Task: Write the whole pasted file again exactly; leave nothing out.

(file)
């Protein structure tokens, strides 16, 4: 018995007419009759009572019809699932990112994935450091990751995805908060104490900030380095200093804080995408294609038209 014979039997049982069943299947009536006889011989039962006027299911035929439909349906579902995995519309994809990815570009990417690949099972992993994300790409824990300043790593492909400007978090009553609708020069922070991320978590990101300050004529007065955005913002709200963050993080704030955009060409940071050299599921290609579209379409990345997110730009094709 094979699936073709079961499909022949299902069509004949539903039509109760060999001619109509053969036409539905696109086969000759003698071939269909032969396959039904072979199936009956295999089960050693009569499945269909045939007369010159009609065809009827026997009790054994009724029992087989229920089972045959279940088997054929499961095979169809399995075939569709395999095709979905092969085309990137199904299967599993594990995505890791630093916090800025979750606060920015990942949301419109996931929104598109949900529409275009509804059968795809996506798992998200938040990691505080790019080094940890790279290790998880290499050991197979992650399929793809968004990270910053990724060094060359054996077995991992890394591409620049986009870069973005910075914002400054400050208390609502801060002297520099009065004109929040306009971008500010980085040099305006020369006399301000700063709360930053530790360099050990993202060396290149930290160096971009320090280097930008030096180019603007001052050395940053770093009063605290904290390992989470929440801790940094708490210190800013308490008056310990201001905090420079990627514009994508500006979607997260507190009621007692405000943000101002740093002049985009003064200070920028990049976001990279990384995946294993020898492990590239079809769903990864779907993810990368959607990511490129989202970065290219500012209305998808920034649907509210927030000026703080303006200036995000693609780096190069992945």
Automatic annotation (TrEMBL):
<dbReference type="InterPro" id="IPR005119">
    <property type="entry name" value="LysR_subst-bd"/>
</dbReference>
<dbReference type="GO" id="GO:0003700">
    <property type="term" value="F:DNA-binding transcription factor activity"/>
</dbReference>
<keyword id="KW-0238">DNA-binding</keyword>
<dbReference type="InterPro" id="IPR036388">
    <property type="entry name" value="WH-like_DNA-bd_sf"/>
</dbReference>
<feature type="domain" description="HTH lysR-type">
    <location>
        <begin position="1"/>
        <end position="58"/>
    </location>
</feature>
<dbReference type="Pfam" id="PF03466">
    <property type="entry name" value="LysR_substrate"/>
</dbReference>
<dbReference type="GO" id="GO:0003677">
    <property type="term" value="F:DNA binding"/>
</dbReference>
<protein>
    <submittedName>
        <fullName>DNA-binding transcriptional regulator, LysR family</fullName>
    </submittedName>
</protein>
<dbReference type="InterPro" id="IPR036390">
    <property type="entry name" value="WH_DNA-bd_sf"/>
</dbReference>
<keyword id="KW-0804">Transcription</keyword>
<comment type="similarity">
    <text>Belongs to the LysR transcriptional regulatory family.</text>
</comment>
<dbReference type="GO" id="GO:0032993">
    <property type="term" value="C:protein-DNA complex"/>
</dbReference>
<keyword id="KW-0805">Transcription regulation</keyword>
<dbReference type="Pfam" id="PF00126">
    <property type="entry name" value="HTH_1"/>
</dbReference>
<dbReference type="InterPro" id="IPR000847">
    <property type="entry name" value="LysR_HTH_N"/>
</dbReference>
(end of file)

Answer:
């Protein structure tokens, strides 16, 4: 018995007419009759009572019809699932990112994935450091990751995805908060104490900030380095200093804080995408294609038209 014979039997049982069943299947009536006889011989039962006027299911035929439909349906579902995995519309994809990815570009990417690949099972992993994300790409824990300043790593492909400007978090009553609708020069922070991320978590990101300050004529007065955005913002709200963050993080704030955009060409940071050299599921290609579209379409990345997110730009094709 094979699936073709079961499909022949299902069509004949539903039509109760060999001619109509053969036409539905696109086969000759003698071939269909032969396959039904072979199936009956295999089960050693009569499945269909045939007369010159009609065809009827026997009790054994009724029992087989229920089972045959279940088997054929499961095979169809399995075939569709395999095709979905092969085309990137199904299967599993594990995505890791630093916090800025979750606060920015990942949301419109996931929104598109949900529409275009509804059968795809996506798992998200938040990691505080790019080094940890790279290790998880290499050991197979992650399929793809968004990270910053990724060094060359054996077995991992890394591409620049986009870069973005910075914002400054400050208390609502801060002297520099009065004109929040306009971008500010980085040099305006020369006399301000700063709360930053530790360099050990993202060396290149930290160096971009320090280097930008030096180019603007001052050395940053770093009063605290904290390992989470929440801790940094708490210190800013308490008056310990201001905090420079990627514009994508500006979607997260507190009621007692405000943000101002740093002049985009003064200070920028990049976001990279990384995946294993020898492990590239079809769903990864779907993810990368959607990511490129989202970065290219500012209305998808920034649907509210927030000026703080303006200036995000693609780096190069992945």
Automatic annotation (TrEMBL):
<dbReference type="InterPro" id="IPR005119">
    <property type="entry name" value="LysR_subst-bd"/>
</dbReference>
<dbReference type="GO" id="GO:0003700">
    <property type="term" value="F:DNA-binding transcription factor activity"/>
</dbReference>
<keyword id="KW-0238">DNA-binding</keyword>
<dbReference type="InterPro" id="IPR036388">
    <property type="entry name" value="WH-like_DNA-bd_sf"/>
</dbReference>
<feature type="domain" description="HTH lysR-type">
    <location>
        <begin position="1"/>
        <end position="58"/>
    </location>
</feature>
<dbReference type="Pfam" id="PF03466">
    <property type="entry name" value="LysR_substrate"/>
</dbReference>
<dbReference type="GO" id="GO:0003677">
    <property type="term" value="F:DNA binding"/>
</dbReference>
<protein>
    <submittedName>
        <fullName>DNA-binding transcriptional regulator, LysR family</fullName>
    </submittedName>
</protein>
<dbReference type="InterPro" id="IPR036390">
    <property type="entry name" value="WH_DNA-bd_sf"/>
</dbReference>
<keyword id="KW-0804">Transcription</keyword>
<comment type="similarity">
    <text>Belongs to the LysR transcriptional regulatory family.</text>
</comment>
<dbReference type="GO" id="GO:0032993">
    <property type="term" value="C:protein-DNA complex"/>
</dbReference>
<keyword id="KW-0805">Transcription regulation</keyword>
<dbReference type="Pfam" id="PF00126">
    <property type="entry name" value="HTH_1"/>
</dbReference>
<dbReference type="InterPro" id="IPR000847">
    <property type="entry name" value="LysR_HTH_N"/>
</dbReference>